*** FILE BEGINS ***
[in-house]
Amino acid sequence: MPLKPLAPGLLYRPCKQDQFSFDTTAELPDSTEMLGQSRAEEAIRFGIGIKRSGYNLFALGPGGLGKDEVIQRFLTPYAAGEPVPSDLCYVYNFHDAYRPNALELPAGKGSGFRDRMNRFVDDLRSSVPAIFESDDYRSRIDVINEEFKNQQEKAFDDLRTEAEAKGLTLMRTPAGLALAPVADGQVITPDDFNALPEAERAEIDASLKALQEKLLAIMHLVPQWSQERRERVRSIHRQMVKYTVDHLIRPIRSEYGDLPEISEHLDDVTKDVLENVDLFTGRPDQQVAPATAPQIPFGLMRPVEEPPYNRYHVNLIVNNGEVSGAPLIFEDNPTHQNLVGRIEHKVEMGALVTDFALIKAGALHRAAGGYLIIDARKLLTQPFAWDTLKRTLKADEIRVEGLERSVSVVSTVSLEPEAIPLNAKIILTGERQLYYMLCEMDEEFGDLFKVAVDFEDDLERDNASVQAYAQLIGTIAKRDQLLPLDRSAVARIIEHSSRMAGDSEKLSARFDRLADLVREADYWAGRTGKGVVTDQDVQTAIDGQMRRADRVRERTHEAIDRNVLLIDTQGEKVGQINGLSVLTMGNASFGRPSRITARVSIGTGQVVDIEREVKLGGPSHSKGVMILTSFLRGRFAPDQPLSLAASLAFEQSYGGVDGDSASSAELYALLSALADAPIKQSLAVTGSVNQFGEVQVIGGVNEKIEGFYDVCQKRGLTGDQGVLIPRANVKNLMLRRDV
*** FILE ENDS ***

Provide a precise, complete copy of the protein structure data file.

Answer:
[in-house]
Amino acid sequence: MPLKPLAPGLLYRPCKQDQFSFDTTAELPDSTEMLGQSRAEEAIRFGIGIKRSGYNLFALGPGGLGKDEVIQRFLTPYAAGEPVPSDLCYVYNFHDAYRPNALELPAGKGSGFRDRMNRFVDDLRSSVPAIFESDDYRSRIDVINEEFKNQQEKAFDDLRTEAEAKGLTLMRTPAGLALAPVADGQVITPDDFNALPEAERAEIDASLKALQEKLLAIMHLVPQWSQERRERVRSIHRQMVKYTVDHLIRPIRSEYGDLPEISEHLDDVTKDVLENVDLFTGRPDQQVAPATAPQIPFGLMRPVEEPPYNRYHVNLIVNNGEVSGAPLIFEDNPTHQNLVGRIEHKVEMGALVTDFALIKAGALHRAAGGYLIIDARKLLTQPFAWDTLKRTLKADEIRVEGLERSVSVVSTVSLEPEAIPLNAKIILTGERQLYYMLCEMDEEFGDLFKVAVDFEDDLERDNASVQAYAQLIGTIAKRDQLLPLDRSAVARIIEHSSRMAGDSEKLSARFDRLADLVREADYWAGRTGKGVVTDQDVQTAIDGQMRRADRVRERTHEAIDRNVLLIDTQGEKVGQINGLSVLTMGNASFGRPSRITARVSIGTGQVVDIEREVKLGGPSHSKGVMILTSFLRGRFAPDQPLSLAASLAFEQSYGGVDGDSASSAELYALLSALADAPIKQSLAVTGSVNQFGEVQVIGGVNEKIEGFYDVCQKRGLTGDQGVLIPRANVKNLMLRRDV